alexa Impact of socioethnic factors on outcomes following traumatic brain injury.
Neurology

Neurology

International Journal of Neurorehabilitation

Author(s): Heffernan DS, Vera RM, Monaghan SF, Thakkar RK, Kozloff MS,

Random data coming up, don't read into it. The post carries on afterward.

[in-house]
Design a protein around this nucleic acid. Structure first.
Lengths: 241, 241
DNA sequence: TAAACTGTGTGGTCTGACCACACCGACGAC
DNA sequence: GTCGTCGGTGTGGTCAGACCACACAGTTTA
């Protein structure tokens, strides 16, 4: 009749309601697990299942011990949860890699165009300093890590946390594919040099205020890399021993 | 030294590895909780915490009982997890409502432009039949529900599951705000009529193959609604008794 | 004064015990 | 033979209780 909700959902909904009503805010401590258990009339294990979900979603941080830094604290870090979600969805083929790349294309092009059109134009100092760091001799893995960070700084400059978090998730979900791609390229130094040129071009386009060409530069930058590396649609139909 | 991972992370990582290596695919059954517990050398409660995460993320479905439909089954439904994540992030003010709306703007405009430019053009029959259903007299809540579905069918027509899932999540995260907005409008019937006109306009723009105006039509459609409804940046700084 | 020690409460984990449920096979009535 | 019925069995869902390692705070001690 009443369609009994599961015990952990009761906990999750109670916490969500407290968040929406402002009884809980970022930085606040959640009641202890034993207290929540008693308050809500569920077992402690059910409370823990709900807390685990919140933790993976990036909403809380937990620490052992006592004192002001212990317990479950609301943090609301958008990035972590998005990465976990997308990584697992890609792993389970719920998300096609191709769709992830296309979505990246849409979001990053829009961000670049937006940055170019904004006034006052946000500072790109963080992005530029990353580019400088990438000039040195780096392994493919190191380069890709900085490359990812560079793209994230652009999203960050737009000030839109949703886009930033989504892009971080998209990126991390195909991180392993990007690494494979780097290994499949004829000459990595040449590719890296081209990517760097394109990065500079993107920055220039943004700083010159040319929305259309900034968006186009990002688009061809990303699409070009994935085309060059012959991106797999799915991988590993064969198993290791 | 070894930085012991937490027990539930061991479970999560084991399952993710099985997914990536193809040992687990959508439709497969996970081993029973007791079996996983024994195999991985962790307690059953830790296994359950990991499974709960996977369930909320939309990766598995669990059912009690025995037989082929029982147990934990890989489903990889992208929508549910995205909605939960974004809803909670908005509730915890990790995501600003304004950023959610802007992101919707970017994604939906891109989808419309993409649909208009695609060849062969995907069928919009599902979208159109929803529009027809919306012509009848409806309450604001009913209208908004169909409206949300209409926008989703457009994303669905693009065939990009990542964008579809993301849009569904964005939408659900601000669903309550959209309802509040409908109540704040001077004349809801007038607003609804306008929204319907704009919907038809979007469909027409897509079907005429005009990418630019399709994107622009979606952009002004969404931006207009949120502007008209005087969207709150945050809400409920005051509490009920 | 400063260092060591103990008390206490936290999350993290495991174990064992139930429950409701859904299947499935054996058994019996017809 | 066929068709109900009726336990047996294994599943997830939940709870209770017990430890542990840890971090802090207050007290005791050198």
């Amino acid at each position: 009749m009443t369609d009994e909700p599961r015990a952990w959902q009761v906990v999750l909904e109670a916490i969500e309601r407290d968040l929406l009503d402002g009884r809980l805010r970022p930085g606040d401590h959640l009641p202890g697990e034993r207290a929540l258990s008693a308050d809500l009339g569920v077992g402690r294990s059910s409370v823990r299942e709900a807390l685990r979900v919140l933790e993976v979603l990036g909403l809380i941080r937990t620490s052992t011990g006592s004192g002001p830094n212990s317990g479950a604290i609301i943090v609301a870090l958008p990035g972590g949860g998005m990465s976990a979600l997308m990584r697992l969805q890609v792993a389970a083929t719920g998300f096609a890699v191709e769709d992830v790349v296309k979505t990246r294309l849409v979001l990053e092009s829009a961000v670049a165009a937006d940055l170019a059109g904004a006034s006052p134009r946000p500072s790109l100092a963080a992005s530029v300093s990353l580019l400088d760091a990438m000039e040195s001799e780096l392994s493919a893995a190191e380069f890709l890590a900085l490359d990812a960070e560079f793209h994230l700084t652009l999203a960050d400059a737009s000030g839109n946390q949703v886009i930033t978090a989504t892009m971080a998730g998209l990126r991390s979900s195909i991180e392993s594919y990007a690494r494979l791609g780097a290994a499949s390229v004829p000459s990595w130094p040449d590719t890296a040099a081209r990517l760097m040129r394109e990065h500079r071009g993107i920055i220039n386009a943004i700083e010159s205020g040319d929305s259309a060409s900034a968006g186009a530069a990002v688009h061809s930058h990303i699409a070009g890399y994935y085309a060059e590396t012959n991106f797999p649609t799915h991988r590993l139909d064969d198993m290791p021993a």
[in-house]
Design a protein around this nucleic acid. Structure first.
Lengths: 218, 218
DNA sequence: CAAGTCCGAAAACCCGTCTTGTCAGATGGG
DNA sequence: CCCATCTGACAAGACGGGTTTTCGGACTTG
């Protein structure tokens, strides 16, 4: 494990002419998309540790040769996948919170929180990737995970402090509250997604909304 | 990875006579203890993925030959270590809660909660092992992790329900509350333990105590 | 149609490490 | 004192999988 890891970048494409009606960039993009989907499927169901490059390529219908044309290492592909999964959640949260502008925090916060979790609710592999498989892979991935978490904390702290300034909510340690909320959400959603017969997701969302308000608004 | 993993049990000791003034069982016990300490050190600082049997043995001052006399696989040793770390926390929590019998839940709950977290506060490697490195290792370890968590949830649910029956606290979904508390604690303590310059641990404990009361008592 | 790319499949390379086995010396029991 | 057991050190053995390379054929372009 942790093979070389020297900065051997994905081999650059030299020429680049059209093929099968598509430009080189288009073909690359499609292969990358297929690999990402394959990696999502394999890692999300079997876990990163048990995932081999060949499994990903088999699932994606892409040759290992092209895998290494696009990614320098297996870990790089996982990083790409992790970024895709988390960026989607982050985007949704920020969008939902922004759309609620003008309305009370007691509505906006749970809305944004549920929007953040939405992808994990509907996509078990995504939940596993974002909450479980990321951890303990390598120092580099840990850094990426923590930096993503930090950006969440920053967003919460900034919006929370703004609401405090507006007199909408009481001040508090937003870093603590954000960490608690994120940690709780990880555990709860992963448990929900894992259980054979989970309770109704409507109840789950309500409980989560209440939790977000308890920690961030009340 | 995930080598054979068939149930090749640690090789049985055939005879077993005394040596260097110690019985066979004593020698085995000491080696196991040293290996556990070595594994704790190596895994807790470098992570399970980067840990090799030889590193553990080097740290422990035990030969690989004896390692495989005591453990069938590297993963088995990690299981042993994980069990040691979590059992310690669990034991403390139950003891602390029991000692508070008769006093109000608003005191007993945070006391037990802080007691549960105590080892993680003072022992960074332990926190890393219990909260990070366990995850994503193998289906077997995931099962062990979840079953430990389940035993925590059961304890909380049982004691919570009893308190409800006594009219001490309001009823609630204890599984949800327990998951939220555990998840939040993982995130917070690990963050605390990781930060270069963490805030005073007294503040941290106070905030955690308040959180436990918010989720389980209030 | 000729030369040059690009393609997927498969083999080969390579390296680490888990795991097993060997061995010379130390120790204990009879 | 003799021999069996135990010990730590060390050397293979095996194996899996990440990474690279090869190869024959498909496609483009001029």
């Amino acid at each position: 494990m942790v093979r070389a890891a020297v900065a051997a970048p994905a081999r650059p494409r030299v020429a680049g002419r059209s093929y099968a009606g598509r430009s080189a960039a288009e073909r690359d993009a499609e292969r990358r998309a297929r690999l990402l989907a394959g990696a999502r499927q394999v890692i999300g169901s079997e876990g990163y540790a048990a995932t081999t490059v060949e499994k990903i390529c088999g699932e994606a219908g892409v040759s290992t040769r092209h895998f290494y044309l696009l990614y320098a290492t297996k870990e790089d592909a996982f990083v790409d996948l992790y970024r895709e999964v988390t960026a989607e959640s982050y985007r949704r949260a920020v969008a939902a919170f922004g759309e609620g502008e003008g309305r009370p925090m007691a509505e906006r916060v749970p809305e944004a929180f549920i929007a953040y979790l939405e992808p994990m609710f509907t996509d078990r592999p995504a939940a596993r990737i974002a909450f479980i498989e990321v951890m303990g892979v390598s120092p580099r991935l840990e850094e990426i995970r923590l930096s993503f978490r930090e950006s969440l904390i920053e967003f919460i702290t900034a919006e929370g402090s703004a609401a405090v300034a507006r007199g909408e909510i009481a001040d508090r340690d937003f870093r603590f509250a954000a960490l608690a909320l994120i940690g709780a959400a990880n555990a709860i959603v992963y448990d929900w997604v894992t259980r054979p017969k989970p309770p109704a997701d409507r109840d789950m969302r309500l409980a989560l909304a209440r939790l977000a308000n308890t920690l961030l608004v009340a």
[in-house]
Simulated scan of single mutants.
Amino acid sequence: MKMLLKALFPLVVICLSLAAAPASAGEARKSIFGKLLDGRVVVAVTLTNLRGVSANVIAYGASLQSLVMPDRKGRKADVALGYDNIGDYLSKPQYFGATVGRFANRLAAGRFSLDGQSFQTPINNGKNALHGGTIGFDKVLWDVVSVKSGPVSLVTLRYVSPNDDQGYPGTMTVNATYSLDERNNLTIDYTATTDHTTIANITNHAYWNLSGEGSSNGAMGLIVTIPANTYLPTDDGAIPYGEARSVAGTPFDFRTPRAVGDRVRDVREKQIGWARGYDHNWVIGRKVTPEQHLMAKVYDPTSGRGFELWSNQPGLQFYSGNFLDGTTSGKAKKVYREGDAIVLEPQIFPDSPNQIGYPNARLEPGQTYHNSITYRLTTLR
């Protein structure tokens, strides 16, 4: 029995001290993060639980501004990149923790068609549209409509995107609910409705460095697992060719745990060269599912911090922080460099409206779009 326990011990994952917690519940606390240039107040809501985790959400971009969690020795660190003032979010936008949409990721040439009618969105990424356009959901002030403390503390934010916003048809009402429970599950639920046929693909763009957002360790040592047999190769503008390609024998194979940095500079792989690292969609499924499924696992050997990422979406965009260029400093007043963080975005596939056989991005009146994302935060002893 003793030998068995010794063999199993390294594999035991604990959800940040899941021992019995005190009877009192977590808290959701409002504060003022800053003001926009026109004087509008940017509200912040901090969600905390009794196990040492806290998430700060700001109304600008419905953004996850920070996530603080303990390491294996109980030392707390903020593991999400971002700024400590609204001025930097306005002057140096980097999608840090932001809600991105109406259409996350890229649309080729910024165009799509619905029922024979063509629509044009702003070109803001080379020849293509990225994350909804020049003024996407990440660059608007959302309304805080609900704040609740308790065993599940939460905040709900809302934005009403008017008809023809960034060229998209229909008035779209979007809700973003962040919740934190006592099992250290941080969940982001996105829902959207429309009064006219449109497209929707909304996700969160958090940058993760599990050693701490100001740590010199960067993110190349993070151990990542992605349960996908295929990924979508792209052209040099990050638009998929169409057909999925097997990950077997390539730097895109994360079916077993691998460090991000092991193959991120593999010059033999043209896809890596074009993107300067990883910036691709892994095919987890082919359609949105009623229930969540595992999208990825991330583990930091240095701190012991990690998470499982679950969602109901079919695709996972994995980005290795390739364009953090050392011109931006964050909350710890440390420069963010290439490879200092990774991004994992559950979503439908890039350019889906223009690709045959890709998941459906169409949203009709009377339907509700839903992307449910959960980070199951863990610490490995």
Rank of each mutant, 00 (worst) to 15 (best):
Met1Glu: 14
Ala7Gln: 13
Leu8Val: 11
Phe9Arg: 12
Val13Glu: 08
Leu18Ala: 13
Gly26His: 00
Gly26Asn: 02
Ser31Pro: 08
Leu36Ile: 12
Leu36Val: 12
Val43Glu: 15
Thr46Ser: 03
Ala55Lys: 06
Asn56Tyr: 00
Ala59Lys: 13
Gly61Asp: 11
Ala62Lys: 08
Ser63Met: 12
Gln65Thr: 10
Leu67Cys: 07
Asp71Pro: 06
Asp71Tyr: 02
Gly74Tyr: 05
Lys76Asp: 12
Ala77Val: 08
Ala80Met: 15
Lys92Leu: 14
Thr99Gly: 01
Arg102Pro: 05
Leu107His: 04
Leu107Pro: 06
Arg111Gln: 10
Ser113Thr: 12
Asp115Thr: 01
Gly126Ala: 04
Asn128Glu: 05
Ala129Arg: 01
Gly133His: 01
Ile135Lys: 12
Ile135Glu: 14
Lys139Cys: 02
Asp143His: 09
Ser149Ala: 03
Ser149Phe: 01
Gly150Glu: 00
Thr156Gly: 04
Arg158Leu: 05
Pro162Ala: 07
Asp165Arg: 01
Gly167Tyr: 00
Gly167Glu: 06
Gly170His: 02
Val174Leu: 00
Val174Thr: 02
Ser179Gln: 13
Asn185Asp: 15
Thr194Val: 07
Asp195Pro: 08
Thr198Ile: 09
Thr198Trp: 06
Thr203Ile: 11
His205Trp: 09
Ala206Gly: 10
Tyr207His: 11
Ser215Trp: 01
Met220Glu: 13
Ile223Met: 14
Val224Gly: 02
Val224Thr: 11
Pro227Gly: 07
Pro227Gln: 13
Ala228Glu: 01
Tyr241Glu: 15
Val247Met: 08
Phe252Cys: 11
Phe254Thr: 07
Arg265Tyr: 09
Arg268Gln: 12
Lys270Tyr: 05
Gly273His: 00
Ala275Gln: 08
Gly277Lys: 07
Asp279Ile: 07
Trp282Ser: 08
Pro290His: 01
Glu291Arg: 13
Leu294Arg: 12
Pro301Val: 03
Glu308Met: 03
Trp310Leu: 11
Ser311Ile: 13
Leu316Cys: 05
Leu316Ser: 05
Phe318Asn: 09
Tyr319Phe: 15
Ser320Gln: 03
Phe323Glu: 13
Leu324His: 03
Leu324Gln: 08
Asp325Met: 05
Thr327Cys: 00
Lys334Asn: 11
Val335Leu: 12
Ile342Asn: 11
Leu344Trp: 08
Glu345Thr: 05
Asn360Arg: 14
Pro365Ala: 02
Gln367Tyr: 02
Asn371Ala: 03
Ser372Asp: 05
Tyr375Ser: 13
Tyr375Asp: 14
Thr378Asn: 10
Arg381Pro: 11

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Abstract BACKGROUND: Ethnic minorities and low income families tend to be in poorer health and have worse outcomes for a spectrum of diseases. Health care provider bias has been reported to potentially affect the distribution of care away from poorer communities, minorities, and patients with a history of substance abuse. Trauma is perceived as a disease of the poor and medically underserved. Minorities are overrepresented in low income populations and are also less likely to possess health insurance leading to a potential overlapping effect. Traumatic brain injury (TBI) is a predominant cause of mortality and long-term morbidity, which imposes a considerable social and financial burden. We therefore sought to determine the independent effect on outcome after TBI from race, insurance status, intoxication on presentation, and median income. METHODS: A 5-year retrospective chart review of admitted trauma patients aged 18 years and older to a Level I trauma center. Zip code of residency was a surrogate marker for socioeconomic status, because median income for each zip code is available from the US Census. Charts review included race, insurance status, mechanisms of trauma, and injuries sustained. Outcomes were placement of tracheostomy, hospital length of stay (HLOS), leaving Against Medical Advice (AMA), and discharge to home versus rehabilitation and mortality. RESULTS: A total of 3,101 TBI patients were included in the analyses. Multivariable logistic and proportional hazard regression analyses were undertaken adjusting for age, gender, Injury Severity Score, and mechanism. Rates of tracheostomy placement were unaffected by race, median income, or insurance status. Race and median income did not affect HLOS, but private insurance was associated with shorter HLOS and intoxication was associated with longer HLOS. Neither race nor intoxication affected rates of AMA, but higher income and private insurance was associated with lower rates of AMA. Non-Caucasian race and lack of insurance had significantly lower likelihood of placement in a rehabilitation center. Mortality was unaffected by race, increased in intoxicated patients, was variably affected by median income, and was lowest in patients with private insurance. CONCLUSIONS: An extremely complex interplay exists between socioethnic factors and outcomes after TBI. Few physicians would claim overt discrimination. Tracheostomy, the factor most directed by the surgeon, was unbiased by race, income, or insurance status. The likelihood of placement in a rehabilitation center was significantly impacted by both race and insurance status. Future prospective studies are needed to better address causation. Copyright © 2011 by Lippincott Williams & Wilkins This article was published in J Trauma and referenced in International Journal of Neurorehabilitation

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